Author
GLB
Date
2007-01-04T11:20:07-06:00
ID
168206
Comment

All that aside, how about the fact that it's downright gross to smell smoke in a restaurant. In 10 years, we'll be shaking our heads that it was ever something that was done. Mark my words.

Author
ladd
Date
2007-01-04T11:25:51-06:00
ID
168207
Comment

Maybe so, Ladd. After all, I wonder if kids in college today would stare wide-eyed at me if I told them I used to ride my bike without wearing a helmet, and sleep on the floorboard of our car during road trips.

Author
GLB
Date
2007-01-04T11:36:27-06:00
ID
168208
Comment

What happened to the rights of a business and the rights of the patrons that choose to support that business? Frankly, I'm a little shocked to see self-claimed libertarians endorsing government control over the air-quality of a privately owned place/business. It all sounds a bit fascist to me rather than libertarian and supportive of private enterprise. Don't like places with smoke? Don't go. It's very simple. I don't like religious zealots but you don't see me seeking governmental controls over churches... Instead, I simply don't go, don't support them, and try to spread a little information on why organized and blind religion is toxic. But, I'd certainly fight for their right to spew their bile within their private spaces just as smokers spew their smoke in private places [that happen to be open to the public].

Author
kaust
Date
2007-01-04T11:57:02-06:00
ID
168209
Comment

Right, GLB. Speaking for myself, I'm not a Libertarian, Knol, even though I lean libertarian on many issues. I do believe that public health (and the government's then obligation to help pay the health-care costs of those who can't afford them) trump the right of someone to shorten their own life while sitting in a restaurant. It'd be one thing if they weren't imposing their smoke on other people, including workers, many of whom need those jobs. (I've been in that situation many times.) Likewise, I believed that "public health" (so to speak) concerns trumped the right of businesses to turn away black people during Jim Crow. And you know what their response was then? "Don't like it? Don't go. It's very simple." To me, the government's need to regulate commerce for the public good is very clear, although I don't want it to get carried away. Besides, the smoking ban is working wonderfully in big cities; I think the state with the worst heart disease and overall health (and some of the highest health costs) can manage with it as well. And we will soon enough. The ball is rolling.

Author
ladd
Date
2007-01-04T12:08:42-06:00
ID
168210
Comment

I see this as a choice issue. A business may or may not allow smoking. It's their choice. An employee may or may not choose to work around smoke... That's their choice. An individual may or may not patronize a business that allows smoking. It's a choice. An individual may or may not smoke... It's their choice. I simply don't see this as a governmental issue -- especially for an already bloated government that is supposedly based on freedom and liberty.

Author
kaust
Date
2007-01-04T12:19:28-06:00
ID
168211
Comment

"Don't like it? Don't go. It's very simple." - Donna It's really easy to turn that phrase back to Jim Crow and that ugly phase of our history... But, it's also a phrase used by pro-choice advocates ("don't like abortion, don't have one"), gay marriage advocates ("don't like gay marriage, don't have one or ordain one"), and everyone else arguing for or against something. It's a choice. It should not be a choice made by our government but by individuals and businesses. I'm convinced of this and have believed this from day one... Why continue allowing the government to make choices for us? Is this not the epitome of sheeple (a term I've loved and have re-visited since the Wired blog)? What's next? More prohibition on alcohol and which businesses can sell it because it is dangerous and kills thousands upon thousands each year? Oh, wait... We've got that... Even WHEN it can be sold. Let's not regress. Don't like smokey places? Don't go. That's one specific reason I rarely go to Pub Quiz -- it's too smokey.... And, I'm a smoker. I can choose to deal with it and do occassionally or I can stay at home or attend another function that night. It's my choice and everyone else's involved from the owners of Hal & Mal's, to the Pub Quiz chicks, to the attendees. It's not Frank Melton's, Ben Allen's, et al. Consumerism feeds our nation. Easiest way to make change? Stop patronizing the business and express why. No point in codifying it or legislating it... Enough with that.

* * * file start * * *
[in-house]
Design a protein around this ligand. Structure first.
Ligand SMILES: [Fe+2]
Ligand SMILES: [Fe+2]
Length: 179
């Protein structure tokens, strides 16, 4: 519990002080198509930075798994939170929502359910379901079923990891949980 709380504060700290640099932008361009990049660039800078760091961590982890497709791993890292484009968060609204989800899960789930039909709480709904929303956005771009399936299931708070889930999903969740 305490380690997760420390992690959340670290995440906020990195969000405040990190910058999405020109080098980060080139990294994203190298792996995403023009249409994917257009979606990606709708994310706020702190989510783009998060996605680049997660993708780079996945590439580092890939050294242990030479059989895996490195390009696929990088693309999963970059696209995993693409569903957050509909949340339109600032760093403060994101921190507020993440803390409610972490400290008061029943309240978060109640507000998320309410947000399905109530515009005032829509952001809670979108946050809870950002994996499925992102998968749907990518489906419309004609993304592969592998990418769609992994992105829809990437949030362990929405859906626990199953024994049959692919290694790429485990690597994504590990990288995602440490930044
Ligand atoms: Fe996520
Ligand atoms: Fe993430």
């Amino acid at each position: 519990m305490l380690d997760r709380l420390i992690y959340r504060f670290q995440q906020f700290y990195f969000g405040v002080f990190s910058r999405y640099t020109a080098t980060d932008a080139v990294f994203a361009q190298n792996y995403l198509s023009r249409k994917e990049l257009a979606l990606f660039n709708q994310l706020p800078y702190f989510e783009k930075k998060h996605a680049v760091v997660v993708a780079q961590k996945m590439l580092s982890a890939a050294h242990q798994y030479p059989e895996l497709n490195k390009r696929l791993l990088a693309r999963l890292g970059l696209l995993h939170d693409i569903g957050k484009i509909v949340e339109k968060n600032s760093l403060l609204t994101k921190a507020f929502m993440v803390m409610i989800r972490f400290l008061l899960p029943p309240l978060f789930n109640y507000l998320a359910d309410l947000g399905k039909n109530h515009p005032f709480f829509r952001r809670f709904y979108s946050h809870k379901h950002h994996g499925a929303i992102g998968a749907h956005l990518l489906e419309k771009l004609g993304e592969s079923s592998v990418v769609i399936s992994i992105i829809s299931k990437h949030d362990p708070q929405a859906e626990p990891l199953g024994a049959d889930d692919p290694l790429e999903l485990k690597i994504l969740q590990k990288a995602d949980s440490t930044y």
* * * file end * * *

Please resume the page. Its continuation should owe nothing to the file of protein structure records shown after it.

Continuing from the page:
Author
kaust
Date
2007-01-04T12:29:36-06:00
ID
168212
Comment

My problem with the public health aspect of it is that public health can be so loosely defined that it can cover almost anything. Its my business. No one forces the customer to come to my restaurant. As long as smoking is a legal activiy, its my right to allow my customers to do it if they choose to do so. It is also the right of the customers to go somewhere else and hurt my business because of my decision. If I were to shut down my restaurant because I disagree with their imposing on me through the government a decision that should be mine alone to make, they would say that is extreme as if they have a right to what I provide. they don't have a right to what I provide in my restaurant and I don't have a right to force them to eat at my restaurant.